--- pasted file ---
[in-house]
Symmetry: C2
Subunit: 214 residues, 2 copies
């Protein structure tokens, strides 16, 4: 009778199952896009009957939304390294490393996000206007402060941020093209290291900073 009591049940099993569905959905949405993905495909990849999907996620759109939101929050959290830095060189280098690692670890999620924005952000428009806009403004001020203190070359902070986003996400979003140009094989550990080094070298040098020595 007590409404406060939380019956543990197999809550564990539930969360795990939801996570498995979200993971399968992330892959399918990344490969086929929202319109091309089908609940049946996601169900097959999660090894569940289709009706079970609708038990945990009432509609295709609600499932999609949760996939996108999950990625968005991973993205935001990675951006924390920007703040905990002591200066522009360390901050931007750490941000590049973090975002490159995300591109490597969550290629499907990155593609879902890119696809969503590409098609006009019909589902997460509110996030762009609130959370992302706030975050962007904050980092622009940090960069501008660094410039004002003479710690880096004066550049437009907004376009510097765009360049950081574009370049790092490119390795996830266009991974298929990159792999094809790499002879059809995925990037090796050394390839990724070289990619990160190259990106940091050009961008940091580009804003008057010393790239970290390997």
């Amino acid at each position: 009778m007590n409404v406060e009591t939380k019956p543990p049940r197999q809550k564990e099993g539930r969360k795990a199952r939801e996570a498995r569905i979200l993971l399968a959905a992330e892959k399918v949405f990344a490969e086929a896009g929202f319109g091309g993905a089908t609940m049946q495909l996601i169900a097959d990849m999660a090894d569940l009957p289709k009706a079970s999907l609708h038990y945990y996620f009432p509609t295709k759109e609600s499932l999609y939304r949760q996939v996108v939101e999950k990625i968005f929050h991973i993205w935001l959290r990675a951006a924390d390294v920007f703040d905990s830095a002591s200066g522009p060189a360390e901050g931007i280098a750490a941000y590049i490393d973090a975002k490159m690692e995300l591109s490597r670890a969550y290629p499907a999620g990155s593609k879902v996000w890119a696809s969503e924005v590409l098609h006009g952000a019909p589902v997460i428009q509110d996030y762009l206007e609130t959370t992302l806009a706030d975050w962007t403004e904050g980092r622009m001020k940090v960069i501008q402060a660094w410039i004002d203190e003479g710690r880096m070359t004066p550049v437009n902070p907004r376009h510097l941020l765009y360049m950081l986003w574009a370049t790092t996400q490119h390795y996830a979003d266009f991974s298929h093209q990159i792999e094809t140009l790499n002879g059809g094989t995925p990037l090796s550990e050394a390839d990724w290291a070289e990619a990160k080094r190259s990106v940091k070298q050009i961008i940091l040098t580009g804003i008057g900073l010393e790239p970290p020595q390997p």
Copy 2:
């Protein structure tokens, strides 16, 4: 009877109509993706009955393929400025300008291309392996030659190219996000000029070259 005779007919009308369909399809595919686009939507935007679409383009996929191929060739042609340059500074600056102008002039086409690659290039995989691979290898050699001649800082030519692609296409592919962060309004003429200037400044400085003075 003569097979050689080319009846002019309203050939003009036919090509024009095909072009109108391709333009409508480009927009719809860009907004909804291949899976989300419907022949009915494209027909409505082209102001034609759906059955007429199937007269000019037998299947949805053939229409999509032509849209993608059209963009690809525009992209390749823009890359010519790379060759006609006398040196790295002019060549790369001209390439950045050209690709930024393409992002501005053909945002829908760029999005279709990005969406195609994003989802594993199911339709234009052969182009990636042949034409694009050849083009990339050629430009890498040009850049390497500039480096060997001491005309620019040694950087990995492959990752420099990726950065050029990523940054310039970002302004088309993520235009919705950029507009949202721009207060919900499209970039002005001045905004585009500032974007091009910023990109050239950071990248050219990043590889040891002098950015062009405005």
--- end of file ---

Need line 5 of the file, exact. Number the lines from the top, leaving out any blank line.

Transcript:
């Amino acid at each position: 009778m007590n409404v406060e009591t939380k019956p543990p049940r197999q809550k564990e099993g539930r969360k795990a199952r939801e996570a498995r569905i979200l993971l399968a959905a992330e892959k399918v949405f990344a490969e086929a896009g929202f319109g091309g993905a089908t609940m049946q495909l996601i169900a097959d990849m999660a090894d569940l009957p289709k009706a079970s999907l609708h038990y945990y996620f009432p509609t295709k759109e609600s499932l999609y939304r949760q996939v996108v939101e999950k990625i968005f929050h991973i993205w935001l959290r990675a951006a924390d390294v920007f703040d905990s830095a002591s200066g522009p060189a360390e901050g931007i280098a750490a941000y590049i490393d973090a975002k490159m690692e995300l591109s490597r670890a969550y290629p499907a999620g990155s593609k879902v996000w890119a696809s969503e924005v590409l098609h006009g952000a019909p589902v997460i428009q509110d996030y762009l206007e609130t959370t992302l806009a706030d975050w962007t403004e904050g980092r622009m001020k940090v960069i501008q402060a660094w410039i004002d203190e003479g710690r880096m070359t004066p550049v437009n902070p907004r376009h510097l941020l765009y360049m950081l986003w574009a370049t790092t996400q490119h390795y996830a979003d266009f991974s298929h093209q990159i792999e094809t140009l790499n002879g059809g094989t995925p990037l090796s550990e050394a390839d990724w290291a070289e990619a990160k080094r190259s990106v940091k070298q050009i961008i940091l040098t580009g804003i008057g900073l010393e790239p970290p020595q390997p």